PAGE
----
Mark Zuckerberg, the CEO and founder of social media giant Facebook (FB), faced questioning from congress for two days related to its use of and protection of user data. This is being closely watched by many investors due to the long-term impact possible new regulations could have on the entire tech sector. Facebook’s stock rallied sharply on the first day of questioning and held onto those gains on the second day resulting in the stock higher for the week by +4.6%. The stock remains lower year-to-date by -6.8% while the average tech stock is higher.
First quarter earnings season kicked off with a few major banks leading the way. As illustrated in the accompanying table, earnings for all three of these banks came in better than Wall Street estimates. Although the circumstances are different for each, all three stocks declined on the day of the report and closed the week mixed. There is a lot of optimism around this earnings season, and results will likely be very good, but the reaction by investors is impossible to predict.
Source: : S&P Compustat; https://www.nasdaq.com/earnings/earnings-calendar.aspx?date=2018-Apr-13
American Airlines Group (AAL), one of the nation’s largest airlines, provided updated guidance that was overall very positive. Revenue per seat mile, a key metric, is expected higher andprofit margins are improving. In spite of this good news, the stock was the biggest loser among the stocks in the S&P 500 this week declining -8.8%. A surge in oil prices, a huge cost to all airlines, was the culprit.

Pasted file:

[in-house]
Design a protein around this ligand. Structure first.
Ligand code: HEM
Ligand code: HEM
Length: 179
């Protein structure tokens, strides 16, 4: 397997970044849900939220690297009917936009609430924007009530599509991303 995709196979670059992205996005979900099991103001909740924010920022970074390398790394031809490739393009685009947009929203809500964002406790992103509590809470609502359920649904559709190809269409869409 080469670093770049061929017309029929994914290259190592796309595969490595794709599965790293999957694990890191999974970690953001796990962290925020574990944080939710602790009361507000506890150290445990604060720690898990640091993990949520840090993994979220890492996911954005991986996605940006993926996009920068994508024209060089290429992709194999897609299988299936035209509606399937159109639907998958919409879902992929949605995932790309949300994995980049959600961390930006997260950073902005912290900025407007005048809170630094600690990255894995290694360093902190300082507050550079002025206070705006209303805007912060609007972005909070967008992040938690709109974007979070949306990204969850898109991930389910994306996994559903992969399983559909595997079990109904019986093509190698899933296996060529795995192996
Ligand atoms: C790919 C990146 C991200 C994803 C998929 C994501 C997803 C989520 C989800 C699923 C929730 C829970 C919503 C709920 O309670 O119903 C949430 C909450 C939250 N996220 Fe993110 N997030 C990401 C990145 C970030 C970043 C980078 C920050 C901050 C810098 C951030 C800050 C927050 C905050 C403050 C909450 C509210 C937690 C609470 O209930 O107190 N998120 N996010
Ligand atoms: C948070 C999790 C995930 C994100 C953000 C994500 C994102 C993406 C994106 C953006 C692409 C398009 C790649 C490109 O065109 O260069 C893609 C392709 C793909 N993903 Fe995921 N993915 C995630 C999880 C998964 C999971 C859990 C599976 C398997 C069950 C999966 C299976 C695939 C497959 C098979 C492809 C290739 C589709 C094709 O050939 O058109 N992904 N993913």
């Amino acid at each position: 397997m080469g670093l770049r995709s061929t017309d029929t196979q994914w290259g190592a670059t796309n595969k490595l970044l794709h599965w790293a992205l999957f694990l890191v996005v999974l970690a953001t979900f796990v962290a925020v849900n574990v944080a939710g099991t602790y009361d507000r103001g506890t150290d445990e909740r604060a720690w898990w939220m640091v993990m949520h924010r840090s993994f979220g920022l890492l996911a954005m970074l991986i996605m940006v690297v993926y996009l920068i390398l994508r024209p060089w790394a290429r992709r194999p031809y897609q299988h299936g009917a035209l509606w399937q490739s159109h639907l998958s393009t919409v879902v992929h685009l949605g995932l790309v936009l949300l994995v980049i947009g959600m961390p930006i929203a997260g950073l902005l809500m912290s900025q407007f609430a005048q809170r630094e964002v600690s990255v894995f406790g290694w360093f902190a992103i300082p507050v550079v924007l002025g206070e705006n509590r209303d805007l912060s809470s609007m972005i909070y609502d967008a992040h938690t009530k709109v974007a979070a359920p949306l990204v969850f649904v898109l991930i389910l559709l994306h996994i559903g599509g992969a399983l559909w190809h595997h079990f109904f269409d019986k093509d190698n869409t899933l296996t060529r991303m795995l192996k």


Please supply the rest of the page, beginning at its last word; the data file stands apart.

Lennar Corp. (LEN), a massive homebuilder, was among the worst performing stocks this week with a decline of -7.5%. There was no significant news this week. The decline did coincide with a decline in the stocks of other homebuilders including Pulte Group (PHM) and D.R. Horton (DHI).Lennar’s price declines this week follow gains in the prior week on a report of strong quarterly results as noted in our blog.
Economic Indicator - Reported
Reports on inflation were mixed for the month of March. The Consumer Price Index (CPI) headline number came in at -0.1%, slightly lower than estimates, but when excluding volatile food and energy prices the index gained +0.2% as expected. Year-over-year the index, less food and energy, is higher by +2.1%. Causing a little concern though was the Produce Price Index (PPI) coming in at +0.3% as compared to an estimate of just +0.1%. Metals prices were among the bigger movers higher in an initial reaction to tariffs imposed by the Trump administration.
Consumer Sentiment, reported by the University of Michigan, came in below estimates at a reading of 97.8. The index remains near multi-year highs.
Economic Indicators – Upcoming
Retails Sales will be reported for March with an expected gain of +0.4% as compared to a disappointing February number of -0.1%. Vehicle sales are expected to help this report while lower gasoline prices will be a negative. Excluding autos and gas economists estimate and even better number at +0.5%.
Industrial Production for March is expected to show a relatively robust gain of +0.4% but well below the prior month’s +1.1% jump. The manufacturing sector has been holding back growth in past months and is expected to continue doing so in March.
March Housing Starts are expected to come in at an annual rate of 1.269 million representing a healthy gain over the prior month. This would be welcome news for the industry as low supplies have been holding down sales.